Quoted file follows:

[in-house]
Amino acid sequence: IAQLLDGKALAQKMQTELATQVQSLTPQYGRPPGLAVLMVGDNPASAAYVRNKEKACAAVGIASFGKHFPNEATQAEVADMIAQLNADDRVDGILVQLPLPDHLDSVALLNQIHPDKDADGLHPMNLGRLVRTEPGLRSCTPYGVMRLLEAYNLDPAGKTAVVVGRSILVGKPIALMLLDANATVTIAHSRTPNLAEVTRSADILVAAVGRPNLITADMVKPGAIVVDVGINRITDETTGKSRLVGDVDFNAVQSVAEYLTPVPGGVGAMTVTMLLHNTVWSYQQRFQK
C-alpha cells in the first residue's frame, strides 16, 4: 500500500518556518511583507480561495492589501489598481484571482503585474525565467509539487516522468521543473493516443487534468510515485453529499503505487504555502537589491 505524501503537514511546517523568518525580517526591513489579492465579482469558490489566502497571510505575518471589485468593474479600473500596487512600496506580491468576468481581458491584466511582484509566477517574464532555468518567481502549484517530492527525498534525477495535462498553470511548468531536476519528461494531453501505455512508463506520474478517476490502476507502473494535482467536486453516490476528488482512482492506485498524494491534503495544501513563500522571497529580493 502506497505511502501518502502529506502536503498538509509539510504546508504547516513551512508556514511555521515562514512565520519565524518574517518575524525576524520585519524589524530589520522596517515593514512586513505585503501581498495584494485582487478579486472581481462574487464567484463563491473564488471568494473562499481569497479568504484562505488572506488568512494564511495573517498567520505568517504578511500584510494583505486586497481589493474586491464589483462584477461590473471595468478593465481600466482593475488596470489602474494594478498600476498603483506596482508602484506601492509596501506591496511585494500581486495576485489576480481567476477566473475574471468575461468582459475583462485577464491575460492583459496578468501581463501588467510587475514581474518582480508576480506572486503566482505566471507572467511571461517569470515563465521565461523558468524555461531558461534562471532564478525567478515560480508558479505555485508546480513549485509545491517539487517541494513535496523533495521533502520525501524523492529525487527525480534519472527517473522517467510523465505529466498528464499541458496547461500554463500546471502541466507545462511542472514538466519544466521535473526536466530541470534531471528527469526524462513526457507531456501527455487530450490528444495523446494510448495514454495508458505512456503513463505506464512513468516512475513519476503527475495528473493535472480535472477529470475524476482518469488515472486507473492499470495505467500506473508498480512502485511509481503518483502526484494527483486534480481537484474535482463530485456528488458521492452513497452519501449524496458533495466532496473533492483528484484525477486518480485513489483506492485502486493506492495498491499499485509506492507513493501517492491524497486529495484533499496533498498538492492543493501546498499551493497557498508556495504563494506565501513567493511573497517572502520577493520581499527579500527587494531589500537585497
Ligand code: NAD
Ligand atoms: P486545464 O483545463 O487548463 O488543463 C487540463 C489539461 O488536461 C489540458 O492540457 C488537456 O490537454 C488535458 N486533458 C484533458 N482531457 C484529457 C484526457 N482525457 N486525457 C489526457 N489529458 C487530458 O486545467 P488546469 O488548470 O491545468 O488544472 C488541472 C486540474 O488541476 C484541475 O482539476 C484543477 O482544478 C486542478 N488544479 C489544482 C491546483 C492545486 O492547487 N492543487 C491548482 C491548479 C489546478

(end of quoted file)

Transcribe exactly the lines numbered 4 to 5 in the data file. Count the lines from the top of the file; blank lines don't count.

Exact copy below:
Ligand code: NAD
Ligand atoms: P486545464 O483545463 O487548463 O488543463 C487540463 C489539461 O488536461 C489540458 O492540457 C488537456 O490537454 C488535458 N486533458 C484533458 N482531457 C484529457 C484526457 N482525457 N486525457 C489526457 N489529458 C487530458 O486545467 P488546469 O488548470 O491545468 O488544472 C488541472 C486540474 O488541476 C484541475 O482539476 C484543477 O482544478 C486542478 N488544479 C489544482 C491546483 C492545486 O492547487 N492543487 C491548482 C491548479 C489546478